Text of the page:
Jane eventually talked with her mother about her concerns, and her mother referred her to a local child development center for screening. The screening resulted in a complete assessment, and eventually Patrick was diagnosed with Autism Spectrum Disorder. He was immediately enrolled in a program for newly diagnosed babies. Jane and Patrick were assigned an Applied Behaviour Therapist with whom they worked for three years. By the time Patrick started kindergarten, he was indistinguishable from his peers through observation.


Fatima and Abdullah took their daughter to see a play therapist when it became obvious that nothing they did made any difference to her terror of the bathroom and bathtime. The play therapist was able to work with  Rehab through the medium of play to uncover the source of the terror. An incident a month earlier, seemingly minor to her parents, had caused disturbed Rehab. Unable to express herself, the fear had grown and attached itself to an activity (bathing). The therapist was able to help Rehab articulate the fear, and how that fear had impacted her sense of self. After six sessions of therapy, Rehab was able to allow her mom to bath her, and shortly after, the fearful behaviour disappeared completely.


Jennifer and Carl insisted on a second opinion with regard to their son's diagnosis, and when it was confirmed, they accepted a referral from the paediatrician to an early intervention specialist. This therapist taught Jennifer and Carl how to parent Cody so that his inherent intelligence was nurtured, and his potential maximized. The therapist explained to Cody's parents that Down's Syndrome happens on a spectrum, and by working with Cody to minimize his weaknesses and maximize his strengths, they were helping their son to become all that he had the potential to be.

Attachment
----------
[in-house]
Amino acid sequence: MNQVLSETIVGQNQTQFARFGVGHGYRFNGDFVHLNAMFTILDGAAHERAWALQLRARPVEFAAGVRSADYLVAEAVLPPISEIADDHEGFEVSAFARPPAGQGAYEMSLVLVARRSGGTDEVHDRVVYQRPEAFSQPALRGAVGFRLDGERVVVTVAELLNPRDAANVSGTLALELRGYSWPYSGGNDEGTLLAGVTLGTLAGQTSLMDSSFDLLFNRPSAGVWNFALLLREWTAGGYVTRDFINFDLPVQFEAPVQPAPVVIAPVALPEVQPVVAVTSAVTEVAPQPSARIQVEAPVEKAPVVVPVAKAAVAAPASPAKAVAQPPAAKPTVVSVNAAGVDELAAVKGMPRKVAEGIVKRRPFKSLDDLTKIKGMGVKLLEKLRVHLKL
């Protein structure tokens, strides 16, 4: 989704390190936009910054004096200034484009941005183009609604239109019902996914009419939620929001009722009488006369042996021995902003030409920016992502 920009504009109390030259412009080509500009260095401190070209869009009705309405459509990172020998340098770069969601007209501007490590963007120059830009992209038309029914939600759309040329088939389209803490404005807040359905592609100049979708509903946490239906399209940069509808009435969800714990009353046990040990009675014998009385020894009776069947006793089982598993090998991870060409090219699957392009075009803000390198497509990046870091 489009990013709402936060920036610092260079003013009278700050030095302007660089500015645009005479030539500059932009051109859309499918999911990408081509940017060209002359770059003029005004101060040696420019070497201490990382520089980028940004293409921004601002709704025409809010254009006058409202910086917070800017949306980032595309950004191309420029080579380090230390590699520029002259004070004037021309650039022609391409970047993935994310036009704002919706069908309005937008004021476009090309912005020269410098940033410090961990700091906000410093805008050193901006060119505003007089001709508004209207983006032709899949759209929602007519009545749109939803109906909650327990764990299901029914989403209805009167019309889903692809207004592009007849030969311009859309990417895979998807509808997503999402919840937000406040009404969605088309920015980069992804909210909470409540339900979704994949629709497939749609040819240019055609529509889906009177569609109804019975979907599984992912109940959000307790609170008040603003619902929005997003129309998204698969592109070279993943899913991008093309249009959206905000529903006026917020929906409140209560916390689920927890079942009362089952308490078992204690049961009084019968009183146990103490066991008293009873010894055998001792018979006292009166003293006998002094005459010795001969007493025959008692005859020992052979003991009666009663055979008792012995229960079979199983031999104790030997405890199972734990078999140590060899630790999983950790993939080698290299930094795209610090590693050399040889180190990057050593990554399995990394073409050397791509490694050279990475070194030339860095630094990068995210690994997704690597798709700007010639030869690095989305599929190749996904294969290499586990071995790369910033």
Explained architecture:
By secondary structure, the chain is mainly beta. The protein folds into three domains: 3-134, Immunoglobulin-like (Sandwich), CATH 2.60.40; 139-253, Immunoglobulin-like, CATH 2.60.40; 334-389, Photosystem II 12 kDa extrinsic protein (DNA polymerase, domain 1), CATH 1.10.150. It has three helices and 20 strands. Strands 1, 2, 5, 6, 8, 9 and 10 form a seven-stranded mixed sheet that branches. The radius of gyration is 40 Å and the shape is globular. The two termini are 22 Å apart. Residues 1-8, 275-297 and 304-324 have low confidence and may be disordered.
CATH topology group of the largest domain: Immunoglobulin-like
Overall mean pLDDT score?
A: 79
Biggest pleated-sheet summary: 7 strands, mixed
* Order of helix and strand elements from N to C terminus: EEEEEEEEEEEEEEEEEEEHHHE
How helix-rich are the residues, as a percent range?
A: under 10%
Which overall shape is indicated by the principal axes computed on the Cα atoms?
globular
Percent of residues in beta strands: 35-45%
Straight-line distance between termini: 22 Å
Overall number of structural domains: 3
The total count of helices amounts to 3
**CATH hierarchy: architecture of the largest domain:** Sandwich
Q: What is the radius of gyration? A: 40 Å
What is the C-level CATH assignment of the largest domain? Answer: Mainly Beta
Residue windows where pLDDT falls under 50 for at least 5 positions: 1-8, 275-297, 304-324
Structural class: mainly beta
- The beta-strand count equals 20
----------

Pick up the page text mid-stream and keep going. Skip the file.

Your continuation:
All babies develop at slightly different rates. Some children appear to skip developmental milestones (one of my daughters never crawled - she went straight from sitting by herself, to standing, to running... at 10 months), and some spend a little extra time mastering a particular skill. This is all "within normal limits" for babies. When a milestone is delayed by weeks or months, or a previously mastered milestone disappears, seek help. No baby was ever hurt by an unnecessary screening (this particular assessment is painless and quick) but many babies are hurt by unrecognized delays that could have been changed or minimized if caught earlier. 


Early Intervention is a good thing. If you're concerned at all, have your baby screened. The Soor Center's Imman Issa has the expertise to lay your concerns to rest, & to help you help your child 'catch up' if need be. Imman also has the education and experience to provide structured programs for special needs babies - Down's Syndrome, CP, birth trauma, and other chronic diagnoses. 


Imman provides screening, therapy, and intervention programs at the Soor Center. She is available for appointment by calling 2290-1677